Fr.\nci.s \V. Cirey. Anstey, Thomas Chisholm, lawyer and politician, son of one of the first settlers in Tjismania, b. in London, England, 1816; d. at Bombay, India, 12 .\ugust, 1873. Educated at Wellington and the Uni- versity College, London, he was called to the Bar in 18.39. One of the earliest converts of the Oxford movement, he was shortly after appointed professor of law and jurisprudence at Prior Park College near Bath, and became an ardent champion of thp rights and interests of the Catholics of England and Ireland. Joining O'Connell's forces, he resigned his professor- ship and devoted himself entirely to politics. In 1847 he was elected member of Parliament for Youghal, where he was prominent in the opposition to Lord I'almerston's foreign policy and advocated the repeal of the Irish and ."scotch unions and the repeal of the currency laws. He retired from parliamentary life in 18.52 and in 18.54 was nominated -Attorney- General of Hongkong, but in the course of the radi- cal reforms he inaugurated he came into collision with Sir John Bowring in 1858 and was suspended from office. Anstey's representations were brought to the attention of Parliament in 18.59 but he was unable to obtain public redress, whereupon he re- tired to India and took up the practice of law at Bombay. His success was great; he filled a tem- porarj' vacancy on the bench in 1805, but again was comiielled to resign his post on account of the oppo- sition excited by his vigorous denunciation of com- mercial abuses m the Bengal government. He then returned to England in 1866 and in a tract entitled .\ Plea for the I'nrepresented for the Restitution of the Franchise" he advocated universal suffrage as a panacea for the ills resulting from class legisla- tion. In 1867 he published an attack upon Dis- raeli's Refonn Act of that year. In 1808 he re- t\irned to Bombay and resumed his practice and on bis death was deeply lamented by the natives, whose causes he had always forwarded. He was accu.sed of lack of moderation in his methods but never of lack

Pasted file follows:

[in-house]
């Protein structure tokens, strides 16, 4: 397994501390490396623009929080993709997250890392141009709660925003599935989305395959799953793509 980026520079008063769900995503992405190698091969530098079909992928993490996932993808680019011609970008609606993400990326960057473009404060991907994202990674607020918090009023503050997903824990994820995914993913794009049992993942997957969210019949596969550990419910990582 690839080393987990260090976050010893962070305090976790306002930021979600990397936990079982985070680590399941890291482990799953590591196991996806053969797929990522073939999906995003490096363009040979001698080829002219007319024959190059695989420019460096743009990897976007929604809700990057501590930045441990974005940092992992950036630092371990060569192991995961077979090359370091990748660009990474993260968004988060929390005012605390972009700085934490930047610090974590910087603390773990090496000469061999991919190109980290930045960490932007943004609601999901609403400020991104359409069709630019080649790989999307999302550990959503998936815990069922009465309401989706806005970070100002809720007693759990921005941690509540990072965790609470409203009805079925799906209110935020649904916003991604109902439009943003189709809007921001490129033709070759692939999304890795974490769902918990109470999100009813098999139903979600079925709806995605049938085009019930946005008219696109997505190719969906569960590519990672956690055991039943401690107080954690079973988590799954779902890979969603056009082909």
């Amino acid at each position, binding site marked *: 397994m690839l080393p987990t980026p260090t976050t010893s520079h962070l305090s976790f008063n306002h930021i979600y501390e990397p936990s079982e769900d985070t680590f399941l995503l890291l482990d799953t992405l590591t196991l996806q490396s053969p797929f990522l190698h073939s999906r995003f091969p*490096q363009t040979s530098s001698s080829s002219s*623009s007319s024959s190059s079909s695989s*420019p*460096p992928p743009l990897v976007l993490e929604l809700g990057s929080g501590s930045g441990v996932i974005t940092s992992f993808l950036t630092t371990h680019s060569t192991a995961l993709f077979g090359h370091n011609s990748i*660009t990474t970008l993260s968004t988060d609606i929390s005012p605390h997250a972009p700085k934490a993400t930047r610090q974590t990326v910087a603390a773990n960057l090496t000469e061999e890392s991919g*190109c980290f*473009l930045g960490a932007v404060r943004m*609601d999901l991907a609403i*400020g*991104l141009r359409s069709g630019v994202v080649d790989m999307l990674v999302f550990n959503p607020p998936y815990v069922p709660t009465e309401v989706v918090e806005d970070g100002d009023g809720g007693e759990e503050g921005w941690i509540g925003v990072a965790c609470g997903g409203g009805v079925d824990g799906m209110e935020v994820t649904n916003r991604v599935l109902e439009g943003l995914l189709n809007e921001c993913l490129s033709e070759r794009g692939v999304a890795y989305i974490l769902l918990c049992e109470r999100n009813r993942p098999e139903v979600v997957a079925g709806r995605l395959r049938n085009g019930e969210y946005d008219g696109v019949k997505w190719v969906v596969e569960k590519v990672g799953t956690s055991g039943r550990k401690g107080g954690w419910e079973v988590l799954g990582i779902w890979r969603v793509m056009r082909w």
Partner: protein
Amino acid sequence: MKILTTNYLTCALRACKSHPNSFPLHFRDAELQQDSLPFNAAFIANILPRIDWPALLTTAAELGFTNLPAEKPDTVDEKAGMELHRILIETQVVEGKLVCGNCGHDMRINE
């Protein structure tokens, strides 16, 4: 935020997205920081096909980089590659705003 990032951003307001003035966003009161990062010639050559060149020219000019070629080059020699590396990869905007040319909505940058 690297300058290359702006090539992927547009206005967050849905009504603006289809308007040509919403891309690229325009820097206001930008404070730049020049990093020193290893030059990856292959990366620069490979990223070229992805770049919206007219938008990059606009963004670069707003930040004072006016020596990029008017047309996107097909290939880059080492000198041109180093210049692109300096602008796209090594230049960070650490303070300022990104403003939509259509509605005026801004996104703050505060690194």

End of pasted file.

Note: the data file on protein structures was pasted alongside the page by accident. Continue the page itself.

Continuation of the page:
of intelligence or honour in his purposes. Among his numerous pamphlets were: "A Guide to the Laws affecting Roman Catholics " (1842), and "The Queen's Svipremacy considered in its relation with the Roman Catholics in England" (1850). He also contributed many articles to the Dublin Magazine, just then started under the direction of Newman, O'CJonnell, and Henry Bagshawe.

TabUl (Ixjndon, 16 Aueimt, 1873); Weekly Reoisler, ibid.; Hansard, Parliatnenlary Debatet (1847-52).

Thomas Walsh.